In today’s age, we can work around the clock, and while we might write books, build software, publish podcast episodes, and prepare presentations, at its core, all we are doing is moving 0s and 1s around — it’s all binary, it’s all just code.
It’s not real.
Recently, as you might have observed from my stories, I decided to get in touch with my primal roots and build an actual thing with my actual hands.
As a huge fan of boardsports, the actual thing in question was a skateboard.
The design was inspired by the Cobra Kai television series, but more so the way cool dojo the show takes its name from.
Building the board involved lots of small, incremental steps; picking out the parts and the design, stripping off the original paintwork, sanding down the board, laying a base coat of paint, printing out and cutting stencils, spraypainting designs onto the board and grip tape, laying down and cutting out the grip tape, installing the trucks, bearings and wheels, and touching up the board.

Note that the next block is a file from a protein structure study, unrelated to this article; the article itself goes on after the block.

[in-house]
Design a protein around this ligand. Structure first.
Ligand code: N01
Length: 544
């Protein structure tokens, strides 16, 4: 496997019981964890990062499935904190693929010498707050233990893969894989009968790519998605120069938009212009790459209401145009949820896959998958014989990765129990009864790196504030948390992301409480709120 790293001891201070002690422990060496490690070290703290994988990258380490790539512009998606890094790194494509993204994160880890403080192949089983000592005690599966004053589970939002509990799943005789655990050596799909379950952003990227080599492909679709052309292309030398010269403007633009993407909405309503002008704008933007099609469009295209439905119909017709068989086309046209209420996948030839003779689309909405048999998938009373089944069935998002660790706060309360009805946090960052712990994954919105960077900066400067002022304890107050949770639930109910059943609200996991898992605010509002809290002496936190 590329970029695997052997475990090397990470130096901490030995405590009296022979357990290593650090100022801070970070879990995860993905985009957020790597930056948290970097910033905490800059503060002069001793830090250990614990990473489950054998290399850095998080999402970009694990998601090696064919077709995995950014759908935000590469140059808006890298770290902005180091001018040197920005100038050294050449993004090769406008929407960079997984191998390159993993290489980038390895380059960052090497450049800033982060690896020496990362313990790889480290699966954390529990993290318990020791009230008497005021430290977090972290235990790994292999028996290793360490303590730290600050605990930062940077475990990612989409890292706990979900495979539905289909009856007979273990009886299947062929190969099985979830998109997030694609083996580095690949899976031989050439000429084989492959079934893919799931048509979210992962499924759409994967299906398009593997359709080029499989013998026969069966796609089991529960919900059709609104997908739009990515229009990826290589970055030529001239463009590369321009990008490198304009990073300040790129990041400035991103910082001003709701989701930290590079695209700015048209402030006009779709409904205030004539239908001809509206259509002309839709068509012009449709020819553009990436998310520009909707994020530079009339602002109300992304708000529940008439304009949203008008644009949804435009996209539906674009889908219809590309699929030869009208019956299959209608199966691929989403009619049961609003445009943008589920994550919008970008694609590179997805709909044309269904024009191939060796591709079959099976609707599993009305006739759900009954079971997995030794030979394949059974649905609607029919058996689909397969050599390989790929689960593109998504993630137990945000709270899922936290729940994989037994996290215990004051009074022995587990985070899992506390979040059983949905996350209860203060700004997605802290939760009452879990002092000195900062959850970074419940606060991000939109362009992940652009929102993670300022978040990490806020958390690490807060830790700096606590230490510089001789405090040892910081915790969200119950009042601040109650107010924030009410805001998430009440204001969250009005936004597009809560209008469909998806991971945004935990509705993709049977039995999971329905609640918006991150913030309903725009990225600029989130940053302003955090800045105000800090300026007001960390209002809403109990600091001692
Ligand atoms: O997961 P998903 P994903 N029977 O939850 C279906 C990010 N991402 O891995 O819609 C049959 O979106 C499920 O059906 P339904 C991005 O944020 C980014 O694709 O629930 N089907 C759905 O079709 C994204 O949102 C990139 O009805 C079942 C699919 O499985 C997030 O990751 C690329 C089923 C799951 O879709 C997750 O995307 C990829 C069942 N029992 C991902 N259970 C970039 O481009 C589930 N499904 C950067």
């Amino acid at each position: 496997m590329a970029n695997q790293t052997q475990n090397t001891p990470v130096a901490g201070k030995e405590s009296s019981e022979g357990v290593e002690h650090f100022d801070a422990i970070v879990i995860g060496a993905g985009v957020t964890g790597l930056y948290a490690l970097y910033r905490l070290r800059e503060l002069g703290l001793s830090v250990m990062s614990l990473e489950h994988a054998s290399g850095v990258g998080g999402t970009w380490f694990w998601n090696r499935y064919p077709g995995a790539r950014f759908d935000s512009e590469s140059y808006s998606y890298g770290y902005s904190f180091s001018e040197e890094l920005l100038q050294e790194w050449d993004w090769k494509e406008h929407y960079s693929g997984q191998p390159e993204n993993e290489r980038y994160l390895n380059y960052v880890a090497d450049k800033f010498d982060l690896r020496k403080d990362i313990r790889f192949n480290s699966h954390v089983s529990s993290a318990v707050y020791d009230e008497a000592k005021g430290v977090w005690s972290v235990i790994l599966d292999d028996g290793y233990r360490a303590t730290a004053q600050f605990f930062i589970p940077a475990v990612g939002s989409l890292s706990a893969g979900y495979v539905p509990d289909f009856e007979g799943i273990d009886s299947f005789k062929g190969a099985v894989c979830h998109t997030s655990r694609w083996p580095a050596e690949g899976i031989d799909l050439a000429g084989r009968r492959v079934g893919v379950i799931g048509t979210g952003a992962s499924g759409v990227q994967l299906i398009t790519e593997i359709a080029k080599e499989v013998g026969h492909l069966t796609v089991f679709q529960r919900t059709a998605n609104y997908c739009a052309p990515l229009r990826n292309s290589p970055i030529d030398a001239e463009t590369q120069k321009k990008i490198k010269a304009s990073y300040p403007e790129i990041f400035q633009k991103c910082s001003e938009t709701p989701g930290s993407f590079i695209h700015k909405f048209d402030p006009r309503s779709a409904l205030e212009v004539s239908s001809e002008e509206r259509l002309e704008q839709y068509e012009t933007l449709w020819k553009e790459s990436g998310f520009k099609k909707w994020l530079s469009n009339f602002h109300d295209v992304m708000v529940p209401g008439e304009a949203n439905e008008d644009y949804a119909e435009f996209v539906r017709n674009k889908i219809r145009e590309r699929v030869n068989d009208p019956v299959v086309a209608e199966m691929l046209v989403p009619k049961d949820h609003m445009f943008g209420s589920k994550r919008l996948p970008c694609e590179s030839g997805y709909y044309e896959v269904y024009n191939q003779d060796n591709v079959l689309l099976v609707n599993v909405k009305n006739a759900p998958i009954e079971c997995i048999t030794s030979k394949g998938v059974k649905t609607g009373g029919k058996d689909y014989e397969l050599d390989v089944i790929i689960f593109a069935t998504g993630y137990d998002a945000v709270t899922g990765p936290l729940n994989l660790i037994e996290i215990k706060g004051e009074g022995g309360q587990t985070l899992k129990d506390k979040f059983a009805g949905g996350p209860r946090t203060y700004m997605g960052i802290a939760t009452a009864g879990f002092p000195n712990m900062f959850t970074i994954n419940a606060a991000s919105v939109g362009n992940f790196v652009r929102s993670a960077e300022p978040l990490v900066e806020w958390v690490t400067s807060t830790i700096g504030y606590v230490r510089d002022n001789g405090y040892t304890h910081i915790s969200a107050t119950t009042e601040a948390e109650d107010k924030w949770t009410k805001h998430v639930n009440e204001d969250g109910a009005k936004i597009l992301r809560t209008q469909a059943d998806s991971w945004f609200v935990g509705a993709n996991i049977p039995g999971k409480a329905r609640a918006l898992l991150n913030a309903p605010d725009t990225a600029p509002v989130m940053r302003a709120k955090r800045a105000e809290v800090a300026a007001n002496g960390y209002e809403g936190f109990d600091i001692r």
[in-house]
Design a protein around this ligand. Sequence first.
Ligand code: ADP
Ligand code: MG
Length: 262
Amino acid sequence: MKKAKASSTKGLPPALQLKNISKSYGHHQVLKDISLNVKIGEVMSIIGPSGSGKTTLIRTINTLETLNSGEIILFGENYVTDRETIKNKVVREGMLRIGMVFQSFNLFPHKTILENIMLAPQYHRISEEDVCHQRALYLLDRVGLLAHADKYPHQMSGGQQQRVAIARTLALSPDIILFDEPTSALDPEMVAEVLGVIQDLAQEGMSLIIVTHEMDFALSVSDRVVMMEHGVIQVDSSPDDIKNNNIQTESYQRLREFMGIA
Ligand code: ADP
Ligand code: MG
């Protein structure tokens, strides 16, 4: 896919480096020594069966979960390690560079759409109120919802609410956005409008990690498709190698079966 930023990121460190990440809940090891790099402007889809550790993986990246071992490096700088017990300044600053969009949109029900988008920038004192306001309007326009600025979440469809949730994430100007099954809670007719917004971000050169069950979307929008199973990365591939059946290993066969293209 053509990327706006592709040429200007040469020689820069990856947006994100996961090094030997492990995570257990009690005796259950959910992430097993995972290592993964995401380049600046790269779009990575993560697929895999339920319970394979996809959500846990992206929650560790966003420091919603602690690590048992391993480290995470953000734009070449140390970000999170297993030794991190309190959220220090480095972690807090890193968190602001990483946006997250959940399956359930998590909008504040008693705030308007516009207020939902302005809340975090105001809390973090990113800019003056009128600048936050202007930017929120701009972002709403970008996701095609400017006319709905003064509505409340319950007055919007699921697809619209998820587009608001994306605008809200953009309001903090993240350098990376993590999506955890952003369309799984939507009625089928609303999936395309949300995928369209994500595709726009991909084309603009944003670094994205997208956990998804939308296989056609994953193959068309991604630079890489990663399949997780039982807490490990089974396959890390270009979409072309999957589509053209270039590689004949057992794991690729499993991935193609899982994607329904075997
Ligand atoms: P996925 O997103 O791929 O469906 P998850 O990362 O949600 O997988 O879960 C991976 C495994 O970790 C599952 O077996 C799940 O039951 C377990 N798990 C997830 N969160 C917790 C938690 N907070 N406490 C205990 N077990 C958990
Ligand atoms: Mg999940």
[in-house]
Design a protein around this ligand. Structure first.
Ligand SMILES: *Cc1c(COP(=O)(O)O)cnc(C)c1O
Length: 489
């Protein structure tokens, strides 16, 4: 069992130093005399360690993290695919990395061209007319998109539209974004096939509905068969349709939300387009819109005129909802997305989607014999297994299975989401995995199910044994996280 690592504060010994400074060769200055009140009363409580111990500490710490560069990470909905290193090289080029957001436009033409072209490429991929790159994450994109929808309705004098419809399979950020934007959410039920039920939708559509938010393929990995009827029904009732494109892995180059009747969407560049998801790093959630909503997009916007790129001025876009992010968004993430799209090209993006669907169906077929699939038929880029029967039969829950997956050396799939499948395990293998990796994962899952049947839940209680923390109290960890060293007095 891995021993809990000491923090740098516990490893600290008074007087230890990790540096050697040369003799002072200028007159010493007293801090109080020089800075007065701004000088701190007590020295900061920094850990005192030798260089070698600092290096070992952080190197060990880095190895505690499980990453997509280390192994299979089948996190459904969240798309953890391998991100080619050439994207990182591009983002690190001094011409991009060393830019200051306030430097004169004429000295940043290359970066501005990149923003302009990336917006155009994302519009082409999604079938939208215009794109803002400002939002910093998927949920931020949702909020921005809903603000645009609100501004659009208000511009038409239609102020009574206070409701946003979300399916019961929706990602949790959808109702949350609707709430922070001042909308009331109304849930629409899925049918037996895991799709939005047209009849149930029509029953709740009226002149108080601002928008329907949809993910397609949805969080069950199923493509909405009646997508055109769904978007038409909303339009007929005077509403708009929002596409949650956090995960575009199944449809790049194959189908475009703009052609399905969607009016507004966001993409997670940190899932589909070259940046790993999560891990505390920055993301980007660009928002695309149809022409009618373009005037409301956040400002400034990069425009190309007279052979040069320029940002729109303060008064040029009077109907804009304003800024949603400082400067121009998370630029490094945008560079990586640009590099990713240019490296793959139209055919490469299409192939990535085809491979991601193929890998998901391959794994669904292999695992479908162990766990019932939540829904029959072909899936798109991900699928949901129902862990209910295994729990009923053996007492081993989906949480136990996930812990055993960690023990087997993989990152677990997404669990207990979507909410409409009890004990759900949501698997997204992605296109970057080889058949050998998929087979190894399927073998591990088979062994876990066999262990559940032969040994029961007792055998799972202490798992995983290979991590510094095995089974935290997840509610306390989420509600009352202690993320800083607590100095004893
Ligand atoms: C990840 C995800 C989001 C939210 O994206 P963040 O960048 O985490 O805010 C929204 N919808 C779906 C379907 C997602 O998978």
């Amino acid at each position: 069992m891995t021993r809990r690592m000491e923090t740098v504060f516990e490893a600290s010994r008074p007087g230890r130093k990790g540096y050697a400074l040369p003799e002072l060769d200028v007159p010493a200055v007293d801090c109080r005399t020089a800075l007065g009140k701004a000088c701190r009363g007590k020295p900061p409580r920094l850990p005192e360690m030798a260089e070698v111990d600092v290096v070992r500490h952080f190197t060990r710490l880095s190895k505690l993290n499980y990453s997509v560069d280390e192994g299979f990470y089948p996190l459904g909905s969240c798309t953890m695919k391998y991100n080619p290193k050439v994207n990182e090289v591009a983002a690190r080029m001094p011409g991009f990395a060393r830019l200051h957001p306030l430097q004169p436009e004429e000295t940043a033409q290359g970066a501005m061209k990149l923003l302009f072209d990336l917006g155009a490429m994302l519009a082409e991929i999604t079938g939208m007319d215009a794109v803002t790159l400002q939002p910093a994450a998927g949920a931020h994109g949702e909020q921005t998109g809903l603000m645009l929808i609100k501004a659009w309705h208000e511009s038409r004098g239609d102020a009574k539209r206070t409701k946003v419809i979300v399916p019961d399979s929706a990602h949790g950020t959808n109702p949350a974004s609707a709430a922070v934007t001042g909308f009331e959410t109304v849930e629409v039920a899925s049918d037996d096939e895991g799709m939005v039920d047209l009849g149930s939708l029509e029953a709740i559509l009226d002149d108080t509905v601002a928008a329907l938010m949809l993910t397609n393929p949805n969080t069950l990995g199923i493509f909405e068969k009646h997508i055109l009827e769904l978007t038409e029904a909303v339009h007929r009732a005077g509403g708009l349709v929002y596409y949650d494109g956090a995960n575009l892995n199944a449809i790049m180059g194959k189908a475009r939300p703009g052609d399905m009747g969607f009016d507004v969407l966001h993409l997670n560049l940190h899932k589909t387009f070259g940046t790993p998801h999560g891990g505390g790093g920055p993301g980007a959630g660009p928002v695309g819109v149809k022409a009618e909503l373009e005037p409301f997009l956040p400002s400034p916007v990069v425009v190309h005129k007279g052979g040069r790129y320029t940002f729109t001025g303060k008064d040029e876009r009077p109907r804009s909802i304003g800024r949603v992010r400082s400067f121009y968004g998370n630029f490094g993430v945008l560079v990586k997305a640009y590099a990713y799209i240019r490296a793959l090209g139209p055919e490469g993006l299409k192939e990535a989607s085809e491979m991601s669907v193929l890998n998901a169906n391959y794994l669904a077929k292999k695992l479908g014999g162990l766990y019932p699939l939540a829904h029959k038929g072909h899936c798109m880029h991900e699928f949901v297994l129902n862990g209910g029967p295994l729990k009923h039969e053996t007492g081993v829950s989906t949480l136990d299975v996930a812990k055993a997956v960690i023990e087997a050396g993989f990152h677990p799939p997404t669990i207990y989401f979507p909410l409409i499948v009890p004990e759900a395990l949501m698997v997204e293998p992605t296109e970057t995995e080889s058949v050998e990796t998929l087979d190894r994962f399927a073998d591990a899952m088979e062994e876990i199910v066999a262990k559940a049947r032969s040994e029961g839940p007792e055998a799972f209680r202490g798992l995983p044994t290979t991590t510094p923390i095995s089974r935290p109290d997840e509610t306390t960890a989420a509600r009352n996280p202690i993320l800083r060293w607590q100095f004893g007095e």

In all, the project took me five weekday evenings to complete, but it was incredibly engaging and rewarding. There was something…primal about it, as if I was reconnecting with my ancestors who made hunting tools out of stones.
I wasn’t checking my phone.
I wasn’t watching Netflix.
I was in total #flow, sometimes for several hours at a time, and it…felt…good.
And now, I have something that I can actually point to in the physical world, and say, “I built that”.
Not only that but having completed the project almost 24 hours ago, I’m still buzzing.
The dopamine hit that comes with learning and building actual things, from being in flow, from reveling in the journey and the destination, is an immensely satisfying one.
So if upon reflection, you can’t think of the last time you built an actual thing with your actual hands, find a project that interests you, disconnect from technology, and get to work.
Check out the gallery of how the board evolved on Instagram and below.
Steve Glaveski is the co-founder of Collective Campus, author of Employee to Entrepreneur and host of the Future Squared podcast. He’s a chronic autodidact, and he’s into everything from 80s metal and high-intensity workouts to attempting to surf and do standup comedy.